Author Topic: A Dragon derived general purpose Mars lander?  (Read 55554 times)

Offline douglas100

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Re: A Dragon derived general purpose Mars lander?
« Reply #60 on: 04/23/2012 08:56 pm »
They tested the merlin vacuum by sticking it on a rocket.  Using your examples (Beagle 2 or MPL), if they made a few of them at the same time instead of just 1, then subsequently launched versions would have been better and cheaper.  It isn't like SpaceX plan to only ever land 1 thing on Mars.  Doing the mission faster better and cheaper could be a good way of gathering data for  follow-on red dragons (improving the success). Conversely, if you don't aim to be faster & better & cheaper, you likely won't be. 

As they said at the time of cheaper, better, faster, "choose any two." After MPL NASA abandoned the approach.

The Soviet Union tried something like this approach. In 1971 they launched two orbiter/landers and had a partial success with the Mars 3 lander. So they tried again 1973. This time they launched four Protons during the launch window and did less well than in  71.

 You talk about Mars landers as if they were something coming off the production line and "we'll just keep launching them (along with an FH each time) until we get it right." This is completely unrealistic. That is how you make yourself bankrupt if you're a private company.
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Offline douglas100

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Re: A Dragon derived general purpose Mars lander?
« Reply #61 on: 04/23/2012 09:02 pm »
I think they will, because like you, I believe Elon is sincere in his Mars ambitions.
If he can't do it a lot cheaper those ambitions won't amount to much.
So it seems that for the first time there is someone with the 'possible' means and the sincere desire too get to Mars, IF they can to it cheaply enough.

It all depends on the fate of SpaceX and how well they execute their customer contracts so that they remain in business. But then I think Musk will need substantial outside investments to realize his Martian ambitions.
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Offline go4mars

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Re: A Dragon derived general purpose Mars lander?
« Reply #62 on: 04/23/2012 09:42 pm »
You talk about Mars landers as if they were something coming off the production line and "we'll just keep launching them (along with an FH each time) until we get it right." This is completely unrealistic. That is how you make yourself bankrupt if you're a private company.
There's a dragon assembly line.  That's a big difference.

If the first Red Dragon mission costs $500 million, including the science instruments, and including launch, I think it's fair to assume that the cost of dragon including Mars related changes and developments are less than $300 million (Assuming $200 million for science payloads and a FH launch). 

If a "crew dragon" not including launch vehicle costs in the range of $90 million, then we are at a maximum "red dragon" cost difference of $210 million (which includes development costs of re-purposing dragon). 

If we assume that $60 million of that is in new dragon hardware (interplanetary communications, programming, control systems, etc.), and $150 million of that is for the development of that hardware and new features, then it leaves us with we end up with a cost of $350 million for all subsequent dragon missions (assuming the science payloads and launch costs don't get cheaper).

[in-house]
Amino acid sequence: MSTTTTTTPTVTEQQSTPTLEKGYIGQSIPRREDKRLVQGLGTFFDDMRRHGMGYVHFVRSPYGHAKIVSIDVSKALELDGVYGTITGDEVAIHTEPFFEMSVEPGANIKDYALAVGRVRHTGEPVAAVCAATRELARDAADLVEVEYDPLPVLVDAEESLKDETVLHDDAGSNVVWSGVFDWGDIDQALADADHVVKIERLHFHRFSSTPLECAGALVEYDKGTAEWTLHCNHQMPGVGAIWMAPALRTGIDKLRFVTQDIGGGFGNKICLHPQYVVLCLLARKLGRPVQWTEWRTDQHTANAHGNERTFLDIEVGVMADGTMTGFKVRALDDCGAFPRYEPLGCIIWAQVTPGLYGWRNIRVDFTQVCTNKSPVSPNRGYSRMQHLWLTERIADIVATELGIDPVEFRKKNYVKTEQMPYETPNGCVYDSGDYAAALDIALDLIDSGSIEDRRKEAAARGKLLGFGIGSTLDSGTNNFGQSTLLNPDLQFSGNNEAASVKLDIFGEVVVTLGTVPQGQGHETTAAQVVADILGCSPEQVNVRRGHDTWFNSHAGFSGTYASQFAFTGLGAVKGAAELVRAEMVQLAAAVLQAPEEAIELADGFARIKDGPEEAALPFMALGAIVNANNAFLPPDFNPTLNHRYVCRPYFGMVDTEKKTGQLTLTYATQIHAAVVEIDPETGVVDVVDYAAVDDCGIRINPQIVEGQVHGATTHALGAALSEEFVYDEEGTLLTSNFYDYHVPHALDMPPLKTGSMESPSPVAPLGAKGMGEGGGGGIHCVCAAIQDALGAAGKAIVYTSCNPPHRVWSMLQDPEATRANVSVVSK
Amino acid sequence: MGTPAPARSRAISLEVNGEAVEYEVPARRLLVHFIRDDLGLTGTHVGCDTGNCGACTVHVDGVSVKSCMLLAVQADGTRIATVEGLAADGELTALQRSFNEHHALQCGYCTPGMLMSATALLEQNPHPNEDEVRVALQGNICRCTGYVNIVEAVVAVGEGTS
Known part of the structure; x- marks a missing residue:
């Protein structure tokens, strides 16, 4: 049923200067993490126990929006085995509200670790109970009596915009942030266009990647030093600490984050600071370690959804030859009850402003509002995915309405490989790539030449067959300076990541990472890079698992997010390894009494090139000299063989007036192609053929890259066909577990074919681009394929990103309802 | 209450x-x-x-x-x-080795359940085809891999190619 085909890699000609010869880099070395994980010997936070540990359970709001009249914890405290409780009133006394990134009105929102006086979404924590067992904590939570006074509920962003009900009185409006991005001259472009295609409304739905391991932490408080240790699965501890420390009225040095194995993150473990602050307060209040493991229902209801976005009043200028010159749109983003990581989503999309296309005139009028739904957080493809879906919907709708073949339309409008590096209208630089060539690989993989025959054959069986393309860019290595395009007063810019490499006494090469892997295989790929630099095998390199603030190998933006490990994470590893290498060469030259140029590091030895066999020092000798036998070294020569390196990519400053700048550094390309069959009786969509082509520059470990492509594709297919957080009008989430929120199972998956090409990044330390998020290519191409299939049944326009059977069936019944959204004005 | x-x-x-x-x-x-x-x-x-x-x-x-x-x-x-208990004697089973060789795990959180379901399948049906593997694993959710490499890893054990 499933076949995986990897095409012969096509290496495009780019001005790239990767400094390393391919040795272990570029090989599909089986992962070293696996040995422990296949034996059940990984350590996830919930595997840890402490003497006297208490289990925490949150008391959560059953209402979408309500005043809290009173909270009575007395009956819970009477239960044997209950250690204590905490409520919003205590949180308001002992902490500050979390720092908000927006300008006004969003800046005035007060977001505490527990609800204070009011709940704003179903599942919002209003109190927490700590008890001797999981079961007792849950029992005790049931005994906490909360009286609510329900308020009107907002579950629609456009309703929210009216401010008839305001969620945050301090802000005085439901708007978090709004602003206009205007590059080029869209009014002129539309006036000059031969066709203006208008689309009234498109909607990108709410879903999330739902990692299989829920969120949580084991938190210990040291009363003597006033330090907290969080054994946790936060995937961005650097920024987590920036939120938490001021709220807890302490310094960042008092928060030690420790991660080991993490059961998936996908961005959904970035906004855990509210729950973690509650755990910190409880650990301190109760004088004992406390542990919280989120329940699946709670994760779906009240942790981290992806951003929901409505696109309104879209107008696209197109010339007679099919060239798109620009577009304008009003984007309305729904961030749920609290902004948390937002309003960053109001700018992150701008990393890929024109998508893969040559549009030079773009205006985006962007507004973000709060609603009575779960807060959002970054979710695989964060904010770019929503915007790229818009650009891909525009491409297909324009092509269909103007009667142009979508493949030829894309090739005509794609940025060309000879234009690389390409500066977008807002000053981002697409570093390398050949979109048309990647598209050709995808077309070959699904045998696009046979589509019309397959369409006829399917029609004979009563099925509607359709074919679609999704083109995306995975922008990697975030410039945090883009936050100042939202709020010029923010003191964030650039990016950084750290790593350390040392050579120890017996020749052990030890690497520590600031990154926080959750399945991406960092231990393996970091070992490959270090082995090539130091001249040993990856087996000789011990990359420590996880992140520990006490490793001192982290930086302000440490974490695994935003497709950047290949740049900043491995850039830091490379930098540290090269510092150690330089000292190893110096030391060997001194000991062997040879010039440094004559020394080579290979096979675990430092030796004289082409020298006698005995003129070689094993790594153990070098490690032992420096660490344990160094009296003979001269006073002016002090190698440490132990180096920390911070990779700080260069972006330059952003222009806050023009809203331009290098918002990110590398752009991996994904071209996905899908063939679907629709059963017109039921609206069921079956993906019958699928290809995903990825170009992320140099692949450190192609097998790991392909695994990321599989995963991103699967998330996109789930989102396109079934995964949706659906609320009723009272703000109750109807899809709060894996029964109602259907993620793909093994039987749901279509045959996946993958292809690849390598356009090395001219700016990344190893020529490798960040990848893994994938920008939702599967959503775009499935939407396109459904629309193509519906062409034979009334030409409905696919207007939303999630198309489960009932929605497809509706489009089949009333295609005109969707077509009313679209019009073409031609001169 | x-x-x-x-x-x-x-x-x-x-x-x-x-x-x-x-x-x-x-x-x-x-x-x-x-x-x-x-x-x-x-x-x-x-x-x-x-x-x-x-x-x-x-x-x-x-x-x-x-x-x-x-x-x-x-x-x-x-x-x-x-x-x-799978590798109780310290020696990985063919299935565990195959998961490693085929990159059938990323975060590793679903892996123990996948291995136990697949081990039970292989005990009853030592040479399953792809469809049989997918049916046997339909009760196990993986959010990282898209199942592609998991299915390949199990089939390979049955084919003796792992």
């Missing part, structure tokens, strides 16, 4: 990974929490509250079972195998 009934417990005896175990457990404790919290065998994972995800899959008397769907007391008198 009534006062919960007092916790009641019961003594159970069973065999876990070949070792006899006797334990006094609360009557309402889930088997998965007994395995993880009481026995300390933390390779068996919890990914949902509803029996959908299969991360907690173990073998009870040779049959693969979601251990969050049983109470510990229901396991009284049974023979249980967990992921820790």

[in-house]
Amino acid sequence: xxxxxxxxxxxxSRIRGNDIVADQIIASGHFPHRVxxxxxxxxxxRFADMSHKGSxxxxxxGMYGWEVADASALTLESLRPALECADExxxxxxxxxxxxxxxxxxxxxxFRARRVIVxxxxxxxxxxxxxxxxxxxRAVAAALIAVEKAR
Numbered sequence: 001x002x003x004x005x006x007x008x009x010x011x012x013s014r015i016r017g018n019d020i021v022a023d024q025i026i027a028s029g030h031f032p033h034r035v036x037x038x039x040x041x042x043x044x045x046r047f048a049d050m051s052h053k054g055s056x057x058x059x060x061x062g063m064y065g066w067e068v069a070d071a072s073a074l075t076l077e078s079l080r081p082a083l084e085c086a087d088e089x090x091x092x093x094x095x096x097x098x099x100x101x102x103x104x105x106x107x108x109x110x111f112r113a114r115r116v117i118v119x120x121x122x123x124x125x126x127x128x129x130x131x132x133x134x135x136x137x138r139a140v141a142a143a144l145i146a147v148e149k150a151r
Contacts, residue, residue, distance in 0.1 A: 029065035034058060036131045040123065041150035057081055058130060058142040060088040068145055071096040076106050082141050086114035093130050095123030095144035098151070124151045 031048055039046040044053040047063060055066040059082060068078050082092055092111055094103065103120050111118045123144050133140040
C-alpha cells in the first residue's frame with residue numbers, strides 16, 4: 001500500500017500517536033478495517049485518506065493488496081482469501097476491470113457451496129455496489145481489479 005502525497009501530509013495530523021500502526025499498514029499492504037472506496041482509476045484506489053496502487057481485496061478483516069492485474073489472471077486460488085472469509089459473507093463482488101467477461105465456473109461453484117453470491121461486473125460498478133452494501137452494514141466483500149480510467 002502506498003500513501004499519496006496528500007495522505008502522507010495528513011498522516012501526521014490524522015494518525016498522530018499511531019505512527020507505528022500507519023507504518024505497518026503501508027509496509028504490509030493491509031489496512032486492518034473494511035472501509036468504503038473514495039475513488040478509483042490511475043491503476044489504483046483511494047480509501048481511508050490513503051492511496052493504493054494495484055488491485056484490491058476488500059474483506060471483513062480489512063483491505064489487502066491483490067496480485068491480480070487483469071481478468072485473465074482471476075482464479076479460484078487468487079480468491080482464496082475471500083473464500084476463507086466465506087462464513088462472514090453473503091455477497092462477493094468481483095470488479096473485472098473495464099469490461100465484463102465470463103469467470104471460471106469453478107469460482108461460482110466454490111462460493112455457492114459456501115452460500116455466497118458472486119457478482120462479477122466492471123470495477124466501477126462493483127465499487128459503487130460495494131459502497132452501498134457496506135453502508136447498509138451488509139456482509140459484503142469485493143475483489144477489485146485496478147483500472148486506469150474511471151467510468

The data from the first one should lend tighter margins to subsequent missions (more downmass on the next ones).

In a budget constrained environment, paying $250M to have a company take your tonne+ on a ride to the surface of Mars sounds like a pretty good deal to me.  If folks are worried about getting rovers out of the hatch, a "saws-all" on a track inside the pressure-hull would be worth looking at. 


I don't understand the skepticism in your statement above.  Dragons and FH cores are something that is coming off the production line. 

To be fair, falcon cores won't be into "production mode" for another 6 months or so.  But the dragon line is pretty much ready to go. 
« Last Edit: 04/24/2012 01:48 am by go4mars »
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Offline douglas100

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Re: A Dragon derived general purpose Mars lander?
« Reply #63 on: 04/23/2012 10:51 pm »
There isn't a production line for Mars landers. The Dragons being produced are for COTS.

There is no current market for a production line of Mars landers.

Quote
I don't understand the skepticism in your statement above.

That's because you keep making unrealistic proposals.
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Offline oiorionsbelt

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Re: A Dragon derived general purpose Mars lander?
« Reply #64 on: 04/23/2012 11:44 pm »
There isn't a production line for Mars landers. The Dragons being produced are for COTS.

Is the COTS Dragon  production line easily modified  for Dragon Rider/ Red Dragon?

Offline go4mars

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Re: A Dragon derived general purpose Mars lander?
« Reply #65 on: 04/24/2012 01:50 am »
Is the COTS Dragon  production line easily modified  for Dragon Rider/ Red Dragon?
The cost estimate and statements made with the proposal suggest that the production line is easily modified for red dragon (a few bells and whistles added to a stock dragon). 
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Offline beancounter

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Re: A Dragon derived general purpose Mars lander?
« Reply #66 on: 04/24/2012 03:25 am »
Is the COTS Dragon  production line easily modified  for Dragon Rider/ Red Dragon?
The cost estimate and statements made with the proposal suggest that the production line is easily modified for red dragon (a few bells and whistles added to a stock dragon).